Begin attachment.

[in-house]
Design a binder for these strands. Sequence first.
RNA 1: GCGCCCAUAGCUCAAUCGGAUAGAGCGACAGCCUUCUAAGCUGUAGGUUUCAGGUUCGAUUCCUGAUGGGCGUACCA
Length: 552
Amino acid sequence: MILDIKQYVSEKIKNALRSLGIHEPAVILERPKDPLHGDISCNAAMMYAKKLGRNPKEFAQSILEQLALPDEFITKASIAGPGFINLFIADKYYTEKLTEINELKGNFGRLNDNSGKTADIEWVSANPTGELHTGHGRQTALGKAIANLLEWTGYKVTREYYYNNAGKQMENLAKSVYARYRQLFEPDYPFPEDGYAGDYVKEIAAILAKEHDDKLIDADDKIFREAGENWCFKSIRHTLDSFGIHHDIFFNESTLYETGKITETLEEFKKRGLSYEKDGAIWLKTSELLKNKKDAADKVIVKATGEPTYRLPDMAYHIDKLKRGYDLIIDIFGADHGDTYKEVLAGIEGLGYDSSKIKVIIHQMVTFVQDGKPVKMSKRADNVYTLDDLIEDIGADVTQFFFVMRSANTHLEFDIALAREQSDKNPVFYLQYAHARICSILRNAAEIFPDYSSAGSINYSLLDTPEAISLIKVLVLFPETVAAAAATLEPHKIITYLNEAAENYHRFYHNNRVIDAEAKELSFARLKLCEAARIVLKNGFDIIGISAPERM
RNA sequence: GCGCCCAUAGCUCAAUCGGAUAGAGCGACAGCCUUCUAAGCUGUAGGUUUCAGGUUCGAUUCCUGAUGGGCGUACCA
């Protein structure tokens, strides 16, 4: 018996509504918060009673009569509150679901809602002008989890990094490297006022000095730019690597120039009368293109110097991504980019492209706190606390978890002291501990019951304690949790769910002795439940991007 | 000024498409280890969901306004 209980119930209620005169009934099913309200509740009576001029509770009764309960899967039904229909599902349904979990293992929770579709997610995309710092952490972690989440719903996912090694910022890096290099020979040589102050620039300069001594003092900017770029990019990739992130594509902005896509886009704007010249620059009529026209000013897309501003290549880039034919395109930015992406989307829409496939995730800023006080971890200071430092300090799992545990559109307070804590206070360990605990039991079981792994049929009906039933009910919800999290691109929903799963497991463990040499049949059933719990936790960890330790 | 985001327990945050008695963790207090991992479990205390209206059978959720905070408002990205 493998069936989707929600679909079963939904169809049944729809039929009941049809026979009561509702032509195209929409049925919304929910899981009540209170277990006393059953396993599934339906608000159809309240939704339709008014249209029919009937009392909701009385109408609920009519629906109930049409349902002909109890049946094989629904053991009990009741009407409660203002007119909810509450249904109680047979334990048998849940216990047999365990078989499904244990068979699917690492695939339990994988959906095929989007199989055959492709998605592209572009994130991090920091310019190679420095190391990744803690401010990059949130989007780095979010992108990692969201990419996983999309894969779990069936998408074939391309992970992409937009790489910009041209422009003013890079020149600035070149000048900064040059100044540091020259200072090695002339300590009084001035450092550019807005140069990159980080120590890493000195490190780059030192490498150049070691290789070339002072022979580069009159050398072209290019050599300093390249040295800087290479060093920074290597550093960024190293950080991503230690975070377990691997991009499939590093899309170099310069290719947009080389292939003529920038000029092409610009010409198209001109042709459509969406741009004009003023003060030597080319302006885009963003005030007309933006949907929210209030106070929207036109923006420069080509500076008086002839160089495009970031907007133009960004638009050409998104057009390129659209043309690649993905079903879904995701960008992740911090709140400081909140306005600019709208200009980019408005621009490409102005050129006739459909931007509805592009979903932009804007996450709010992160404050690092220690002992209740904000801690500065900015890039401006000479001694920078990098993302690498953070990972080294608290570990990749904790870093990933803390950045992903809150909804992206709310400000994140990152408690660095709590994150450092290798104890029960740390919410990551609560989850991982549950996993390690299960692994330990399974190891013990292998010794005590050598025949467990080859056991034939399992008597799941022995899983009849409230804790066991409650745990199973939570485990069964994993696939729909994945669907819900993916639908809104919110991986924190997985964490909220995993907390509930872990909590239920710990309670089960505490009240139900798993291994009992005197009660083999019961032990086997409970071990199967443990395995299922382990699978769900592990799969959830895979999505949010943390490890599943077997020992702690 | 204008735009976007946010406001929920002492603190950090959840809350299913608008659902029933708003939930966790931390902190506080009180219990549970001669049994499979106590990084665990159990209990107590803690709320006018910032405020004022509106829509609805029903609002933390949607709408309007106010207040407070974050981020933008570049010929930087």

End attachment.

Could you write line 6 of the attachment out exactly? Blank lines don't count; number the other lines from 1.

RNA sequence: GCGCCCAUAGCUCAAUCGGAUAGAGCGACAGCCUUCUAAGCUGUAGGUUUCAGGUUCGAUUCCUGAUGGGCGUACCA